As the heated rhetoric between President Donald Trump and North Korea reaches a boiling point, the chances of Hawaii, with its large military bases, being pulled into the conflict are increasing as well.
From the golf course in New Jersey where he is vacationing, Trump took an aggressive line, pledging during a press conference Tuesday to rain “fire and fury” on North Korea if the Asian country continues to make threats toward the United States or other nations.
North Korea responded the same day with an explicit threat, warning it was developing plans to enshroud Guam, home to an important American base in the Pacific, with “enveloping fire” from its medium- and long-range missiles.
Sen. Brian Schatz and many experts believe the risk of an imminent attack on Hawaii is low.
The blistering exchange between Trump and North Korean leaders came three days after the United Nations Security Council unanimously imposed stringent economic sanctions on North Korea that will make it more difficult for the country to finance its nuclear-missile program and will worsen living conditions for the country’s impoverished and starving citizens.
But North Korea’s two successful rocket launches in July proved that the country is able to launch missiles that can reach Hawaii, the West Coast, and “perhaps all of the continental United States,” said Kingston Reif, director for disarmament and threat reduction policy at the Washington, D.C.-based Arms Control Association.
“The threat is advancing–and quickly,” Reif said. He said that North Korea is very close to mastering “all of the other elements necessary to deliver a nuclear warhead,” including developing compact and lightweight warheads that can survive re-entry, with accurate terminal guidance.
Schatz said in a statement Tuesday that he does not believe there is an immediate risk for the United States at this time.
“North Korea does not yet have the capability to hit any part of the United States with a nuclear ICBM, but their technological improvements are alarming and require a multi-pronged response,” he said. “We must engage in vigorous diplomacy and beef up our missile defenses.”
Schatz called for President Trump to dial down the hot-tempered language directed at North Korean.
“The President’s statement was unwise in both tone and substance,” he said. “There is no diplomatic or military advantage to using such overheated language.”
Whether Hawaii ends up being targeted by North Korean ballistic missiles or not, the state, home to the Pacific Command, would likely serve as an important staging area for American forces in the Pacific in the event of greater hostilities breaking out. Hawaii has played that role in every major conflict since the island nation was annexed by the United States in 1898.
Hawaii Gov. David Ige is “closely monitoring” the situation, according to Cindy McMillan, a spokeswoman for the governor.
For now, no specific preparations are being made by Hawaii’s National Guard units, according to Lt. Col. Charles J. Anthony, public affairs officer for Hawaii’s Department of Defense.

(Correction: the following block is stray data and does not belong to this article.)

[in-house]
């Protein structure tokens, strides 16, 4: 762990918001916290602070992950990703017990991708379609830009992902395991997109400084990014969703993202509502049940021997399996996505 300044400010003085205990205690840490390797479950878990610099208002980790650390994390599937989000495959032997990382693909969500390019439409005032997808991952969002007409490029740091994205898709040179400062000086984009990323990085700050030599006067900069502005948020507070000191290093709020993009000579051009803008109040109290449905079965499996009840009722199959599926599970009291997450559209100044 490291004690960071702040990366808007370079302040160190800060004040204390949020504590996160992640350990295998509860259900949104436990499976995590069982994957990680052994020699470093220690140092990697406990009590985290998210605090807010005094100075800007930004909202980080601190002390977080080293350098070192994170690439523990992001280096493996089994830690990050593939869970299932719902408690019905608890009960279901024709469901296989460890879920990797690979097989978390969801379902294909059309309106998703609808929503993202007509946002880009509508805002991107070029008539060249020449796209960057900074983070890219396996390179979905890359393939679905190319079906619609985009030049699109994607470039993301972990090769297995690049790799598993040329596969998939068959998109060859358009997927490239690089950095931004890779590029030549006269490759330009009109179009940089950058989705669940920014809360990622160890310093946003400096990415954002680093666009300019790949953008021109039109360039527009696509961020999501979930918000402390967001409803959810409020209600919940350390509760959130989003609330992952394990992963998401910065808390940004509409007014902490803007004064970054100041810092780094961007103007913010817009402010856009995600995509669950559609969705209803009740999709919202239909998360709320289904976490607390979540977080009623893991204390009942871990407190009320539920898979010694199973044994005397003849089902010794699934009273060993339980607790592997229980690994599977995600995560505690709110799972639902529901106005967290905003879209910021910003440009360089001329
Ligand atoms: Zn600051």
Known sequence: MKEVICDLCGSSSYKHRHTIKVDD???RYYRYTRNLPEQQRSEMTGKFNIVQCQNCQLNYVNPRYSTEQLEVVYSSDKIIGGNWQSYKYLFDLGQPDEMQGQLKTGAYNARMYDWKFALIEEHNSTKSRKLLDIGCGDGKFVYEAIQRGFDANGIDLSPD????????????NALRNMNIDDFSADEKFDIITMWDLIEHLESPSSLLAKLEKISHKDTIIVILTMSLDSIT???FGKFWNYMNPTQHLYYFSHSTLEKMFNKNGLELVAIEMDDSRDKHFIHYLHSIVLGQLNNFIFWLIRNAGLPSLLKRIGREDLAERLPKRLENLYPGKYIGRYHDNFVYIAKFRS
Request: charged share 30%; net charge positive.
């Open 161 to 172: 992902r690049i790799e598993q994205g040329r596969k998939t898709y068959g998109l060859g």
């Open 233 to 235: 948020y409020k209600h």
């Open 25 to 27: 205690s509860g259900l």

“We’re aware of and monitoring the geopolitical talk but it’s not affecting what we are doing here,” Anthony said.
He said military forces in Hawaii view the risk of a ballistic missile attack to Hawaii to be “very low,” but that the state rolled out a preparedness campaign last month that gave state residents some guidance on how to respond in the event of a missile attack.
Residents were told to listen for warning sirens, stay away from windows and remain sheltered until they are told it is safe to exit or for 14 days, “whichever comes first,” according to the directive.
If the United States goes to war in the Pacific even via a conventional conflict, Hawaii would be likely to play a role as a staging area for troops and later, a depot for delivering humanitarian relief.
“In any wars that have taken place in the Asia-Pacific, since the Spanish-American war, Hawaii has played a very important strategic role in every conflict,” Anthony said.
“We’re not on the verge of a nuclear exchange, but (the rhetoric) is not helpful. This is the kind of scenario you really worry about, not that somebody would really decide to launch nuclear weapons unprovoked but rather there’s an escalation and both sides fail to accurately predict the reaction of the other side to something they do,” he said.
“Another scary element is what if one side feels trapped, and they are playing to domestic audiences and feel they need to win, or to have the last word, it’s frightening in that sense.”
Roy said that arms experts agree that North Korea’s “nuclear capabilities are increasing, and increasing rapidly.” The only thing that remains under debate is when they will be fully operational and lethal.
He said he believes the risk is in a clash between two hot-headed adversaries if neither will step down. He said that the North Koreans are afraid that the United States or South Korea will topple their regime.
He said North Koreans view the United States as “a very long-term, very hostile adversary, going back to the Korean War,” he added.
Schatz said that he believes that the U.S. military officers in the Pacific area are capable of handling any problems with North Korea.
“We are fortunate to be led in the Pacific by a determined and level-headed Commander, and a distinguished and skilled U.S. Forces Korea General,” he said. “Their on-the-ground knowledge and experience is critical as we forge ahead towards peace.”
Guam Gov. Eddie Baza Calvo issued a statement to residents about what he called North Korea’s “new-found technology that allows them to target Guam.”
A Kailua girl, Kirstin Downey is a special correspondent for Civil Beat. A longtime reporter for The Washington Post, she is the author of "The Woman Behind the New Deal," "Isabella the Warrior Queen" and an upcoming biography of King Kaumualii of Kauai. She can be reached at email@example.com.